New Year’s resolutions? Set realistic weight loss goals that you stick to

Weight loss, more fitness. Every year, many people make good resolutions for the new year that are just as quickly outdated again. Often they don’t even survive the first month of the year that has just begun. The initial enthusiasm rapidly wanes and the inner pig takes over again. “This is often because the goals are too ambitious and cannot be integrated into everyday life,” explains Austrian fitness and nutrition coach Simon Mathis.

Weight loss is an important New Year resolution for many people. “But the realization that you’ve set your goals too high comes too late for most people, however, and they fall back into old patterns before they’ve really started,” says Simon Mathis. The fitness and nutrition coach deals every day with people who set themselves too ambitious goals – and then practically never achieve them. In the following article, he reveals seven tips on how to stay realistic and stick to what you’ve set out to do.

Specify the goal in concrete terms

Those who formulate a clear “why” for themselves take an active role and are much more likely to stick to their target. Rough weight loss goals, such as “I want to lose weight,” should be reformulated: A certain pair of pants should fit again, or when playing with the kids, you should be able to keep up again.

Realistic goal setting for weight loss

Even the best resolution ends in bitter disappointment if the goal is unattainable from the start. The rule of thumb for losing weight is: 0.8 to one percent of body weight can be lost per week without putting too much strain on the body. So if you weigh 100 kilograms, you can reduce your weight by 800 to 1,000 grams per week. An example: For a desired weight of 90 kilograms, therefore, at least ten weeks should be planned.

Overcome impatience

Anyone who gives up a piece of chocolate in the evening when losing weight would prefer to see the results the next morning. Fluctuations on the scales also quickly cause unease and discouragement. But this is quite normal. They can often be traced back to water retention due to carbohydrates and salty food. Meaningful trends are better assessed over a longer period of time rather than on a daily basis.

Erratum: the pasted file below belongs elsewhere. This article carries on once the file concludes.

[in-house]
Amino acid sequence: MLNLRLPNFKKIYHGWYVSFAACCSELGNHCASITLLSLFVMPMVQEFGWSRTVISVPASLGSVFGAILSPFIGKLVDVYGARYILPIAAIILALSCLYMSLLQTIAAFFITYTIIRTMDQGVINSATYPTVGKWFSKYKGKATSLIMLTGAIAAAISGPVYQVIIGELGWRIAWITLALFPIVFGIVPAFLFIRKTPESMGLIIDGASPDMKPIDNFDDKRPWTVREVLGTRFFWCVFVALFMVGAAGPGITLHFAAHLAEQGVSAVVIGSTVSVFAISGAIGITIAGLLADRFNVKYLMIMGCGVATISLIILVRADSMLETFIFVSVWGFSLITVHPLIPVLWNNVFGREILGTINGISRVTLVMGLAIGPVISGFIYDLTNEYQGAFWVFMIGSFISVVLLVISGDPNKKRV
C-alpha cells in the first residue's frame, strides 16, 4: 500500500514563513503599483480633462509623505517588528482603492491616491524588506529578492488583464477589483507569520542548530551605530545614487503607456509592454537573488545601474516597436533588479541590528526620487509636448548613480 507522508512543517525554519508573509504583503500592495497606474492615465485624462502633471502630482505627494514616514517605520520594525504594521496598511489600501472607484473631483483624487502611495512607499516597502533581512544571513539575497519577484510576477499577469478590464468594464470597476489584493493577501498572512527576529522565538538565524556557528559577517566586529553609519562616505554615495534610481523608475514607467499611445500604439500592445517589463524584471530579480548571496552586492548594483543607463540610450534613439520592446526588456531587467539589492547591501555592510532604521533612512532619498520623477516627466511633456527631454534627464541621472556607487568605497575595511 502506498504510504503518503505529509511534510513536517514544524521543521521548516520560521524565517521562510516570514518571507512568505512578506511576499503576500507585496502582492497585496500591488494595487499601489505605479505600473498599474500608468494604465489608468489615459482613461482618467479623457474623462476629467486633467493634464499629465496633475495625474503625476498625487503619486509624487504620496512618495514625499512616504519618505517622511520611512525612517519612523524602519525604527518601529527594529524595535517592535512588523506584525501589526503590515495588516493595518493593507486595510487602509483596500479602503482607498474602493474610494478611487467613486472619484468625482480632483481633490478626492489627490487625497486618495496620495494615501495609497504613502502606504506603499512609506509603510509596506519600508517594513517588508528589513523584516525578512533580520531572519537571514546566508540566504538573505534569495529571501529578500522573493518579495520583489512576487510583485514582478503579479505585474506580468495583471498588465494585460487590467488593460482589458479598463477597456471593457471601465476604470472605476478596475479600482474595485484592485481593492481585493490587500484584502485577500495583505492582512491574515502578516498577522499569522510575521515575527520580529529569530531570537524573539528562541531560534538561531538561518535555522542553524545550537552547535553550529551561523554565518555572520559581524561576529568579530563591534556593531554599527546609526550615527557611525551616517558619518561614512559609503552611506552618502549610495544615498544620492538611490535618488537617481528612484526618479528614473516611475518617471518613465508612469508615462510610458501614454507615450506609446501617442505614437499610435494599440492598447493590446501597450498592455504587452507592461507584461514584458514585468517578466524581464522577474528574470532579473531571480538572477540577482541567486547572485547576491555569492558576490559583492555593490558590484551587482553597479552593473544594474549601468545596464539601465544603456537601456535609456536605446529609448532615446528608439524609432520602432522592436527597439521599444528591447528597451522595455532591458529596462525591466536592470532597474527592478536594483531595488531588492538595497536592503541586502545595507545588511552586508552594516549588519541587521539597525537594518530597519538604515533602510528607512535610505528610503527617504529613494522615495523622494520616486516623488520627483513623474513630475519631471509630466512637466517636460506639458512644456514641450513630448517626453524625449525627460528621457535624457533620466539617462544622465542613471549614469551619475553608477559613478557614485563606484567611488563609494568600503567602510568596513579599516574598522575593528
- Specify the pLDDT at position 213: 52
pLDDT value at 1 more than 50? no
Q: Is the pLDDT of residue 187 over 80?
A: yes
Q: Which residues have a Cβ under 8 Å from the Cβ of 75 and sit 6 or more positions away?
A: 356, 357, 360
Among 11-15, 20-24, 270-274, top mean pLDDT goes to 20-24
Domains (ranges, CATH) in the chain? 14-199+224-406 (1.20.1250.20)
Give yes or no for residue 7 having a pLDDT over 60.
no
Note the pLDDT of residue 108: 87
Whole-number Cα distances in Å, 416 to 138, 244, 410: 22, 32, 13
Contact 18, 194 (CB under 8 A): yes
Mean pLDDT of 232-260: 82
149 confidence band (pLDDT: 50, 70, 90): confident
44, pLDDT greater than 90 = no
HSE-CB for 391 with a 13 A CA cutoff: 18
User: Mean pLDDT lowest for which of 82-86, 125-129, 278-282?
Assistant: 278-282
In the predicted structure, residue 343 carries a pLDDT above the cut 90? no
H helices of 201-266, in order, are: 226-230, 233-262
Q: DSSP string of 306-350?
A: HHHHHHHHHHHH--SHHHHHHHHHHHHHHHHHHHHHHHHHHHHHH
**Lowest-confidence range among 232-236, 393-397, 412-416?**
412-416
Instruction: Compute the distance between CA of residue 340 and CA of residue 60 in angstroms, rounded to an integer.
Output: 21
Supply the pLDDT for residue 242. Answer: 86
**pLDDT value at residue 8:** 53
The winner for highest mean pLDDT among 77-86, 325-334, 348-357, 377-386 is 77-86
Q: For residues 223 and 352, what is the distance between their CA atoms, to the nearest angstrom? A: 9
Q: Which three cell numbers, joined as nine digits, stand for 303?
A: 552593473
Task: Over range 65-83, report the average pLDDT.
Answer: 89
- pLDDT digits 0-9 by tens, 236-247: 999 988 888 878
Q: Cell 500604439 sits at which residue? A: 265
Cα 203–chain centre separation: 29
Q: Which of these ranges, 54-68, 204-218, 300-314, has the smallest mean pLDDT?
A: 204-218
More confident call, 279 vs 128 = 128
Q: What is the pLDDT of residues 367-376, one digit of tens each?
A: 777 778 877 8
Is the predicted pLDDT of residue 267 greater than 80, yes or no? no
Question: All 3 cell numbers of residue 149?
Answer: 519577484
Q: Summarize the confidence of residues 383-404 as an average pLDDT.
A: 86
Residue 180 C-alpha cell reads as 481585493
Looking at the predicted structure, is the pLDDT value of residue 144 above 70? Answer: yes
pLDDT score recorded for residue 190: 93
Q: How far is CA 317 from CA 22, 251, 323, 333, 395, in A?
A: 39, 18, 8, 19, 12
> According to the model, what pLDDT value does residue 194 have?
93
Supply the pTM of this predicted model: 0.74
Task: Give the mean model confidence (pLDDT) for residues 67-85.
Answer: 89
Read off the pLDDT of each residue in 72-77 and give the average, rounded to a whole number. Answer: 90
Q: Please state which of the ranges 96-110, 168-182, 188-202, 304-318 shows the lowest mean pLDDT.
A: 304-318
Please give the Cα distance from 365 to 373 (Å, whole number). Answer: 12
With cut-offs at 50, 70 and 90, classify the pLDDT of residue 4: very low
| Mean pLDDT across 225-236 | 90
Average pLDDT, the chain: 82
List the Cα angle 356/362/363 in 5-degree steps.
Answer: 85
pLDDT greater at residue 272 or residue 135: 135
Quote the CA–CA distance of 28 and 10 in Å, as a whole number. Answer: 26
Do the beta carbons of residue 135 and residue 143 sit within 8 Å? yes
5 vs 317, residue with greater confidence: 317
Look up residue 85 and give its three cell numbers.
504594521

Weight loss – approach it in the long term

From work, many are familiar with the process of a project: There is a fixed start and end point and after completion of the project, it is filed as a whole. But this strategy should not be applied to losing weight. Instead of eating, moving and behaving differently for a certain period of time, it is better to make these processes a permanent habit.

Follow four essential diet rules

When planning a diet, users often forget that it can be easily integrated into everyday life. Some points of orientation as to whether a resolution is suitable for one’s own circumstances and personal lifestyle are offered by these four rules when it comes to nutrition: The food should fill you up, taste good, be socially acceptable and simple to prepare.

Focus on the essentials

If you eat in the evening, you’ll get fat, and carbohydrates are an absolute no-no when it comes to losing weight. Countless myths like these surround the subject of losing weight. The truth is much simpler: if you want to lose weight, you have to consume fewer calories than you use. In which form these calories are supplied, is secondary. Carbohydrates are also allowed – it should only be ensured that calories are permanently saved through adjustments to the diet.

Do not overvalue the scale

People who want to lose weight often have an ideal weight in mind. Much more meaningful than the scale is, for example, whether the old favorite shirt fits again. The abdominal circumference in particular is significant in terms of a person’s health and fitness. Visceral fat on the abdomen is much more unhealthy than excess fat on the hips, legs and buttocks.

Abnehmen, resolutions, weight loss

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